I'm working on a thesis critiquing functional theory broadly, as incarnated in the text The Musician's Guide to Theory and Analysis (4th ed., 2021), but with one specific gripe: homophonic voice-leading as present in Black Gospel music and related genres is not touched whatsoever.
In a nutshell, here is my intuitive understanding of the SAT 3-part homophonic syntax, based on having sung in churches and Black Gospel choirs for 7+ years and having perfect pitch:
Either S, A, or T can have the melody. The other two parts form a diatonic triad in any inversion (usually major/minor, sometimes diminished, rarely sus2/sus4), or occasionally a chromatically modified triad, or--rarely--a quartal voicing accomplished by moving the lower voice of a first-inversion triad down by step (bottom-to-top T-A-S: G-Bb-Eb --> F-Bb-Eb). There is usually no bass part in the choir.
These triads are almost exclusively in closed position; i.e. no additional chord member of the triad could fit, say, between S and A or between A and T. This means the intervals between S and A are almost always a 3rd or 4th, as are the intervals between A and T, except as part of the occasional sus2 or sus4 triad. So voicing a C triad may be done (spelled ascending bottom-to-top, T-A-S) as C-E-G, E-G-C, or G-C-E, but not C-G-E or some other open-voicing permutation.
The 3 upper parts move in almost exclusively oblique, parallel, or similar motion. Sections with contrary motion are not unheard of, but very rare since voicings are almost always closed. If more contrary motion were allowed with non-stagnant melodies, the distance between parts would by necessity change and voicings would be more open at some point.
"Overlapping" is common if any of the voices leaps by more than a chord tone, as in "Okuhle Nomusa". The voices do not (almost ever) cross, but, say, the T may leap to a note higher than the note the A was previously singing.
These SAT triads may combine with underlying band accompaniment to create extended sonorities, e.g. in "My Hope" (end of the chorus, see transcription below):
Vocal chords: Em Em D Bm A Accompaniment chords: Em G A Combined sonority: Em Em11 G∆9 G∆7 G13(#11) A Lyrics: God you are my hope Roman numerals: ii ii11 IV9 IV7 IV13(#11) V A A A N.C. Em G∆7 A A Em13(no7) G∆13(#11) A All day long (V) ii13(no7) IV13(#11) V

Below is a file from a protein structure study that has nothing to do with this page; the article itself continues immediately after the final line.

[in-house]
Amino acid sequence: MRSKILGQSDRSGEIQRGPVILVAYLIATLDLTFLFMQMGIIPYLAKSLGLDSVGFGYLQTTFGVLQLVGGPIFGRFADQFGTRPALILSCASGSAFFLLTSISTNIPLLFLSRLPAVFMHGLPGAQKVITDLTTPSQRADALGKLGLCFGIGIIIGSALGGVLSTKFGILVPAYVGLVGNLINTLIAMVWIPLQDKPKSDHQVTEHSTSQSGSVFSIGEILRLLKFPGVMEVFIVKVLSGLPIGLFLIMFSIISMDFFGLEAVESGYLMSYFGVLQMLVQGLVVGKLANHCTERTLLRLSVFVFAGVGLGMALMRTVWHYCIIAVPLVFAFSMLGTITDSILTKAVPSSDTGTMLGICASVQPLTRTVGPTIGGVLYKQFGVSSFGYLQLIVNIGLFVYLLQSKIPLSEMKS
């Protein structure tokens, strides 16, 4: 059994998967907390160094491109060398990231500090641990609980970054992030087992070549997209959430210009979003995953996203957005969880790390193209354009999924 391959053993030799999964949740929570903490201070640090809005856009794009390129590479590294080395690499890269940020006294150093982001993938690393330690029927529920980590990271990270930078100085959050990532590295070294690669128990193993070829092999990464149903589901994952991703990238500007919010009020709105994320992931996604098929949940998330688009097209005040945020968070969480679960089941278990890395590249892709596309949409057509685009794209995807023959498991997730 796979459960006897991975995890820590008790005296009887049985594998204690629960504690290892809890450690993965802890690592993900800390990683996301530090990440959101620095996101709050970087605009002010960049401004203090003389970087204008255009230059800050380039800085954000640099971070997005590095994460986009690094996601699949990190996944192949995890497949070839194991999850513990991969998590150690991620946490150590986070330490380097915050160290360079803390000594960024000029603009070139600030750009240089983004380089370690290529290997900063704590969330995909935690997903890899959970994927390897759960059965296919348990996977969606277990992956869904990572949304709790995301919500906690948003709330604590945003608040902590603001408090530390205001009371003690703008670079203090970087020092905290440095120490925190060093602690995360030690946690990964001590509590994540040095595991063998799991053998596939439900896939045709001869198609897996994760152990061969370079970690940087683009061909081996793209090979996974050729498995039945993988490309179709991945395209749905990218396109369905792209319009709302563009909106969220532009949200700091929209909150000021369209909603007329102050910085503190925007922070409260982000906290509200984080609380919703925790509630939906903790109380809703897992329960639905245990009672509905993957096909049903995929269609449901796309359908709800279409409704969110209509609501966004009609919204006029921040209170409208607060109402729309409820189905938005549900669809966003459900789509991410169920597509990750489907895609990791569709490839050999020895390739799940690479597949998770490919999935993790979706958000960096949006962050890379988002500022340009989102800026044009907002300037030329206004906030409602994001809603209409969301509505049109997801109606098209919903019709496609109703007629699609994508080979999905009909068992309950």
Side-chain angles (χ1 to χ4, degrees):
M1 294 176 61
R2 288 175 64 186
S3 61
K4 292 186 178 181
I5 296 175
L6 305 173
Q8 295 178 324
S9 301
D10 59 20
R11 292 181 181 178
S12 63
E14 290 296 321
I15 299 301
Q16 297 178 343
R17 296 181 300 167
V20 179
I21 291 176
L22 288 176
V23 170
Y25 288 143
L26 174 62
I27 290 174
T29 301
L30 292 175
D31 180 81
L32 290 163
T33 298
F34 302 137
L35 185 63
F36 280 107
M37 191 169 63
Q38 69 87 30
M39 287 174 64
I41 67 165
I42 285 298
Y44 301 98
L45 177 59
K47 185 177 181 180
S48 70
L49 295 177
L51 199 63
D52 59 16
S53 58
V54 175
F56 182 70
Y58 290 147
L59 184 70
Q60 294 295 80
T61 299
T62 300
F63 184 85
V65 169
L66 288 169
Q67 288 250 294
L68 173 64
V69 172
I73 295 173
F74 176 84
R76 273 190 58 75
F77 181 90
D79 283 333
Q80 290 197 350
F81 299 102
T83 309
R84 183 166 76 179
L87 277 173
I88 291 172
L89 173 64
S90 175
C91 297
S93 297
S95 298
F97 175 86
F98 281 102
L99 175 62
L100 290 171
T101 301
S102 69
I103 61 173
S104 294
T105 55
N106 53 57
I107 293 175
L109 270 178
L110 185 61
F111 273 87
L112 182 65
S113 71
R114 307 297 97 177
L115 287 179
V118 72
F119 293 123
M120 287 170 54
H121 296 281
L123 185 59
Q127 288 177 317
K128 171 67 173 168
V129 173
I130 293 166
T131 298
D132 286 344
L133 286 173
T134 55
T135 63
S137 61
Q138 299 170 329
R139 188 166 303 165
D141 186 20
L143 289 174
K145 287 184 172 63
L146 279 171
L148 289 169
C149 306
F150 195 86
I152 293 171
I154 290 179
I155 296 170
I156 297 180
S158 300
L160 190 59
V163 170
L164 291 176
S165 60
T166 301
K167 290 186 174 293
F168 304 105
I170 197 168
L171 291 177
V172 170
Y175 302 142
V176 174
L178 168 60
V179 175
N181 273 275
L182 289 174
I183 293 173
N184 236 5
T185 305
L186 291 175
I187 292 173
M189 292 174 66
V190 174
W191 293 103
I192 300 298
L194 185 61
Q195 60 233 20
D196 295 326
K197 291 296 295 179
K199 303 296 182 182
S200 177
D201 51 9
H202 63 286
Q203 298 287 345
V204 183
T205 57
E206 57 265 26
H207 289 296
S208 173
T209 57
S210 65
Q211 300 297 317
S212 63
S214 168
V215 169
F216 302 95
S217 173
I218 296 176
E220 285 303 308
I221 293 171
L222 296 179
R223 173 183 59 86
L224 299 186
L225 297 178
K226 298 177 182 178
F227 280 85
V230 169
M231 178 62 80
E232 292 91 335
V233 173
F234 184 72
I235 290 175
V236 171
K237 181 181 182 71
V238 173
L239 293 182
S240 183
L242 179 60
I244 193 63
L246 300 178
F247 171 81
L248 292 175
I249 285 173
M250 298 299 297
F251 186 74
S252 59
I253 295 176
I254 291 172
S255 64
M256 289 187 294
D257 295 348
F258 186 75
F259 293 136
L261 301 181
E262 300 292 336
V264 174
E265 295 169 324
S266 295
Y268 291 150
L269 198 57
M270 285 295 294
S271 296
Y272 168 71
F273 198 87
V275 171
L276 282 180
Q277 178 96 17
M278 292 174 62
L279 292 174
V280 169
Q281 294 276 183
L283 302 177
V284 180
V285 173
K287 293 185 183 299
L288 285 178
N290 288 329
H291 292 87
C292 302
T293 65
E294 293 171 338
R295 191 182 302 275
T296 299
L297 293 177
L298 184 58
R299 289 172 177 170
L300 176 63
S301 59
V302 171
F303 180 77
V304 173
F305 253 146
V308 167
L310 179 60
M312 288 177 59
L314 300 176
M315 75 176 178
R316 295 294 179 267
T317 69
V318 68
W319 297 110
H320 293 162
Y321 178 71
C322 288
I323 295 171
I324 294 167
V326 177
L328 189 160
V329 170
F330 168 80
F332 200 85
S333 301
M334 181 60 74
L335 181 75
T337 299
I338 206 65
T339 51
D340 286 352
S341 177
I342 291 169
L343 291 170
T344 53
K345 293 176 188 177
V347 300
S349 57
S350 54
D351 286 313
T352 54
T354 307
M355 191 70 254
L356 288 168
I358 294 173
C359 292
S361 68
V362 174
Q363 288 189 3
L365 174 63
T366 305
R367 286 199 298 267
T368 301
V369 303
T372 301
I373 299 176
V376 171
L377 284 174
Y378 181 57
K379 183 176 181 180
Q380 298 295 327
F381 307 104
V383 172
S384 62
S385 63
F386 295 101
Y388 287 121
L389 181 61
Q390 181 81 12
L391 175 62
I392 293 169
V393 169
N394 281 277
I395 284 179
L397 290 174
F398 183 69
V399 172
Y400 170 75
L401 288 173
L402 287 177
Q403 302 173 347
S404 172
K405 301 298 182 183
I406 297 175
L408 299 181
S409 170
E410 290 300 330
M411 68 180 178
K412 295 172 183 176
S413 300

I intend to focus on this type of voice-leading because:
It is very similar in scope to the more classically familiar 4-part writing; the goal is to harmonize a melody in some form or another.
However, the principles are an opposite extreme: parallel motion is highly valued, since the goal is to enrich or thicken a single melody, so that interdependent voices are heard together, rather than creating counterpoint and independent voices which can readily be followed separately. Singing a cappella is rare but possible (with the addition, perhaps, of a contrapuntal bass part which is usually absent), and 3-part a cappella is used as a break from a fuller choir-and-band texture. However underlying chordal accompaniment usually comes from the band, and the bass voice is played in a pinch by a piano's left hand or, most typically, a bass guitar.
It may be uniquely familiar to some incoming undergrads (like me) with experience in gospel choirs.
It should be somewhat familiar to many incoming undergrads, because taking 2 (or 3) of the voices described above in a different genre can (I hypothesize) yield folk and pop vocal arrangements. There is just so much homophony in vocal parts out there. I can hear it.
My question is: Who has studied this? Has anyone written extensively about 3-part Black Gospel writing already, or its relatives in pop/folk? I've been searching JSTOR and Google Scholar and drawing a blank. People that I've read just say the voices move in parallel, or say things like, sometimes the chords match the accompaniment, sometimes they don't. If there is a systematic syntax already written like what I've outlined above, but with more detail, I have yet to read it. It would be so useful for me.